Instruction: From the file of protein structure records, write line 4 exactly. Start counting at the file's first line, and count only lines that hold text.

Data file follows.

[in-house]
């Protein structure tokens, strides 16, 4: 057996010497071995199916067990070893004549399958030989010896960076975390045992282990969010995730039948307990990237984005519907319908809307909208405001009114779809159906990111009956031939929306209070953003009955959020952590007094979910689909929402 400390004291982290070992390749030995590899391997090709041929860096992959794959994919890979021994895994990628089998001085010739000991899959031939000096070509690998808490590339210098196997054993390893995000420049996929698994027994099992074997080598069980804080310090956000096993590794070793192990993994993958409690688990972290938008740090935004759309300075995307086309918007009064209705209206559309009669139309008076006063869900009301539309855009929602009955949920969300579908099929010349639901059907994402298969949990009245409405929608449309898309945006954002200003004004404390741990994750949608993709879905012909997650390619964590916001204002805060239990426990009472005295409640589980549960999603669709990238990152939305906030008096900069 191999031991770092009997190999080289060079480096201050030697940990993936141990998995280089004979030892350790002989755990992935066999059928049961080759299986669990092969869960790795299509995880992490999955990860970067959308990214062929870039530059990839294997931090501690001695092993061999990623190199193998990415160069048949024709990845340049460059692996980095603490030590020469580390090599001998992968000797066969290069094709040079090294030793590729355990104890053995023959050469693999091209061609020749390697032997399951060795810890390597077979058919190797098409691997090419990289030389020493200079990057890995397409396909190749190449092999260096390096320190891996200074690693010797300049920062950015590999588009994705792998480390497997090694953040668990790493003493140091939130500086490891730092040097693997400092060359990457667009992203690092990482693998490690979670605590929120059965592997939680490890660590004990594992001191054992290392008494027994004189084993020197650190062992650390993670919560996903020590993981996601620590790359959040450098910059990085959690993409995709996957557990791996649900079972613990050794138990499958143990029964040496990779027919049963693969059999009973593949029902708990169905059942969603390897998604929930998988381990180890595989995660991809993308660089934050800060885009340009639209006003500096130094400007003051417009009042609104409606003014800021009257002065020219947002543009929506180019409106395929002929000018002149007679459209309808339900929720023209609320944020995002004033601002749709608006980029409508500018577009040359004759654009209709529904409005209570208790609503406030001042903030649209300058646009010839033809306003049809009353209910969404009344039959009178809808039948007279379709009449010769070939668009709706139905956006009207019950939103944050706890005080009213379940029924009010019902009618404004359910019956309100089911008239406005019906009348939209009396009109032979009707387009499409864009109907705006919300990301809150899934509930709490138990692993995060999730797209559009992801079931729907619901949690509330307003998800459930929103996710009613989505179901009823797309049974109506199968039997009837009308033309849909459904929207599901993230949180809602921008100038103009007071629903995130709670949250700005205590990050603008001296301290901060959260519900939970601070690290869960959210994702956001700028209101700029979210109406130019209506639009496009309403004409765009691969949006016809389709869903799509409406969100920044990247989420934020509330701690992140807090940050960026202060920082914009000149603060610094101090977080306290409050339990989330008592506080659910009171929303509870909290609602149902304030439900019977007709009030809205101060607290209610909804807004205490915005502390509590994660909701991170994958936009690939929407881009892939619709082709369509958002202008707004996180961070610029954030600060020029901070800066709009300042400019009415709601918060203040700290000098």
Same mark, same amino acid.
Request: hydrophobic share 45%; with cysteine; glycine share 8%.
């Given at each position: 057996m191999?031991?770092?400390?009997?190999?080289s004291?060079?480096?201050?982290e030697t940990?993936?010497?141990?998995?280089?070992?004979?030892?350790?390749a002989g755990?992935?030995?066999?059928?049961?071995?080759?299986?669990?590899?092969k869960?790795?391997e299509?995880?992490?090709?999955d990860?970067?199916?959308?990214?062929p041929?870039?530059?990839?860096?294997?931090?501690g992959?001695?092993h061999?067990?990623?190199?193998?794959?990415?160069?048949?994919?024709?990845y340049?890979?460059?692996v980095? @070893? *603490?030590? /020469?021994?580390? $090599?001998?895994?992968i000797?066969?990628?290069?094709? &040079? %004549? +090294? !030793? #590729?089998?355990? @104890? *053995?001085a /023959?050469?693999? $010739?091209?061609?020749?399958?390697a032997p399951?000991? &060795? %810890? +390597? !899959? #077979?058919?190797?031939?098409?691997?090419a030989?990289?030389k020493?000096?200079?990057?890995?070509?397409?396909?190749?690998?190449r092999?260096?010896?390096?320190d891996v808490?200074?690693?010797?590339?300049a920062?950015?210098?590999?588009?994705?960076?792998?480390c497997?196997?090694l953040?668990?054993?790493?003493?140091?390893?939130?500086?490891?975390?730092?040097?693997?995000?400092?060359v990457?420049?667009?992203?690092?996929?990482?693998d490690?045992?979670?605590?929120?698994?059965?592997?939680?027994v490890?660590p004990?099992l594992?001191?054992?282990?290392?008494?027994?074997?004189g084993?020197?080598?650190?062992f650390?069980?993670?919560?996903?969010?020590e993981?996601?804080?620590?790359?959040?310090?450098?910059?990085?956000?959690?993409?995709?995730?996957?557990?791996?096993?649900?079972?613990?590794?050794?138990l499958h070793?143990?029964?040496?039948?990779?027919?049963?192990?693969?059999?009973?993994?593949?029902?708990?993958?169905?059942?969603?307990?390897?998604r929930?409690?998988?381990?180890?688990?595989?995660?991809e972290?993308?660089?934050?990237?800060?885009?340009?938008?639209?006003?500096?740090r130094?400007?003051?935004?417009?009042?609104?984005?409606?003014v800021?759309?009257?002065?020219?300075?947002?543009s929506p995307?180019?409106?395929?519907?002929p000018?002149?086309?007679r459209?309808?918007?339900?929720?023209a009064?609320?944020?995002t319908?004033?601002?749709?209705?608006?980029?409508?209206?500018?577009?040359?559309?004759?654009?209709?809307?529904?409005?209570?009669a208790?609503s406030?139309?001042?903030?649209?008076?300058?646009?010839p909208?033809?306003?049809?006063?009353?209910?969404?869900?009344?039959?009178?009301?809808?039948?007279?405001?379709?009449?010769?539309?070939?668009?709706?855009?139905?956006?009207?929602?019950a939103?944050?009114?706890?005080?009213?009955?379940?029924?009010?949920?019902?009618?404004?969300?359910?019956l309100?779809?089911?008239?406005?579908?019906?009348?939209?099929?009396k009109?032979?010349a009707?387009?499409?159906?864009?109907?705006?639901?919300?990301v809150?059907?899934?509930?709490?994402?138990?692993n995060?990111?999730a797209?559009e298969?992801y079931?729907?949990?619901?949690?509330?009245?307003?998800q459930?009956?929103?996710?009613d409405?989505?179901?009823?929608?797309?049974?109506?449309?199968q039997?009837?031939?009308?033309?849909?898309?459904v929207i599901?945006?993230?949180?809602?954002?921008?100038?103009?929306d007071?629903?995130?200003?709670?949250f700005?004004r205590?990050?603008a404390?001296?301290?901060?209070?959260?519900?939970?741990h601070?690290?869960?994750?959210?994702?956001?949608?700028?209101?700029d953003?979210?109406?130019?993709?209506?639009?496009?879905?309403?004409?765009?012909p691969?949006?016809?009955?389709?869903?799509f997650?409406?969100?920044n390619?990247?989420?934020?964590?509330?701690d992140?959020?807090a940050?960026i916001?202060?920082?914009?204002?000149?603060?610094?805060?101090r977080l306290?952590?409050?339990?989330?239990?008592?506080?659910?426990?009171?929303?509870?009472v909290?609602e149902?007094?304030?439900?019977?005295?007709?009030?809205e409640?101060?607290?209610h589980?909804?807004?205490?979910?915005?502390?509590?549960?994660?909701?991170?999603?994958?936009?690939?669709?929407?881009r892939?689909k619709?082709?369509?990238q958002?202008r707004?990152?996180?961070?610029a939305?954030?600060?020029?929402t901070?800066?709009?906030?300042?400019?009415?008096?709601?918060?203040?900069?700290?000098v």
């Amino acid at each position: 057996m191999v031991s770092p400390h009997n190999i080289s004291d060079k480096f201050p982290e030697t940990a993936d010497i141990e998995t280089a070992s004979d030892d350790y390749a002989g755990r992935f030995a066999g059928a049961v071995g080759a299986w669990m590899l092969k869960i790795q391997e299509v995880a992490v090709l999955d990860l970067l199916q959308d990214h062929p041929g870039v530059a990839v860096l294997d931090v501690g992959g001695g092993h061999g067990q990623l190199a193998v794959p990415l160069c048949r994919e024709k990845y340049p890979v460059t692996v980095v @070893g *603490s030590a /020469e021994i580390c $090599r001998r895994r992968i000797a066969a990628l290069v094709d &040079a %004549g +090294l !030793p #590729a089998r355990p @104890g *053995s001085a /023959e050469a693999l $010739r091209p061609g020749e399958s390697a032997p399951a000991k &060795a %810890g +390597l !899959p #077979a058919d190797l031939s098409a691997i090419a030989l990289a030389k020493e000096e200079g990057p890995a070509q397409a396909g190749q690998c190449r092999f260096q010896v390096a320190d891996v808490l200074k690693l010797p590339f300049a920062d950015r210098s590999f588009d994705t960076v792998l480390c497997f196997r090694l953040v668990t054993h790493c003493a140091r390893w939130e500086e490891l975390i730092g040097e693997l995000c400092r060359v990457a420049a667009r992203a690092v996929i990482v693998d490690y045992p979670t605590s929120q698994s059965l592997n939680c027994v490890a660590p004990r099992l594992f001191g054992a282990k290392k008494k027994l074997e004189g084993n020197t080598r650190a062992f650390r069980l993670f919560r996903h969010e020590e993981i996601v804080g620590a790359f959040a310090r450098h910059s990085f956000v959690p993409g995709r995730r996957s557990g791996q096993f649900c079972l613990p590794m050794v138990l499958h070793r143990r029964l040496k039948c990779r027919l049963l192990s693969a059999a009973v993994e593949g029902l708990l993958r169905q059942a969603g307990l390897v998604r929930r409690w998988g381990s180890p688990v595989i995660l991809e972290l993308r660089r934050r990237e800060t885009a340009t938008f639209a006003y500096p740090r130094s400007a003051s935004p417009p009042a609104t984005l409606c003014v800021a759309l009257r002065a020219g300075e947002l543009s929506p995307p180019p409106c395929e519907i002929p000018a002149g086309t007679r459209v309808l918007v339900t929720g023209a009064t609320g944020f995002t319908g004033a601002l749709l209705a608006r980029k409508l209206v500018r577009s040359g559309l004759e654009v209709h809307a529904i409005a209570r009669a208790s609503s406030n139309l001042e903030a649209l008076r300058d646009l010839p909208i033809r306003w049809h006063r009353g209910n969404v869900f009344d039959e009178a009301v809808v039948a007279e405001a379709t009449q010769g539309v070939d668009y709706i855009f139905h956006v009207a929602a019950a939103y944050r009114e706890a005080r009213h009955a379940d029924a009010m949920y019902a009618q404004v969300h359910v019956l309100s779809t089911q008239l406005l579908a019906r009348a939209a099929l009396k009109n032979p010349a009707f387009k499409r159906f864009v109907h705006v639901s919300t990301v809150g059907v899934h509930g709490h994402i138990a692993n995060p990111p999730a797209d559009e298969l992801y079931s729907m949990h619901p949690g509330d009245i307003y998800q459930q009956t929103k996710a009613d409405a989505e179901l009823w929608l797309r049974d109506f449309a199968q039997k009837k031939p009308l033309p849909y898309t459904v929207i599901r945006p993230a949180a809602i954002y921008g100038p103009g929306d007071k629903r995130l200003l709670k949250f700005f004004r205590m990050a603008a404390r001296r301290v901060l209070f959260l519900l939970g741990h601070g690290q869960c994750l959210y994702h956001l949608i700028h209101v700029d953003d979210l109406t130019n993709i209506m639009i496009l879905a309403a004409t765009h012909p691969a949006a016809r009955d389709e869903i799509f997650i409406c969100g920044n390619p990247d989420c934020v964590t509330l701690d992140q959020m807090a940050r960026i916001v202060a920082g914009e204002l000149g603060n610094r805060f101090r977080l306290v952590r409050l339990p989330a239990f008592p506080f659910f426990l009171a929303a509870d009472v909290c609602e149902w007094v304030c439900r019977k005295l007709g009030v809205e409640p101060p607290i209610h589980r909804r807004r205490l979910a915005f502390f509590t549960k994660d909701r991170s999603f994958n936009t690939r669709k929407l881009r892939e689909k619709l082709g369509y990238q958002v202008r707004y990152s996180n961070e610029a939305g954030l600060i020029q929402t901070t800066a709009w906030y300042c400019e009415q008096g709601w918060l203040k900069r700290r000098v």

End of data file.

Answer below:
Request: hydrophobic share 45%; with cysteine; glycine share 8%.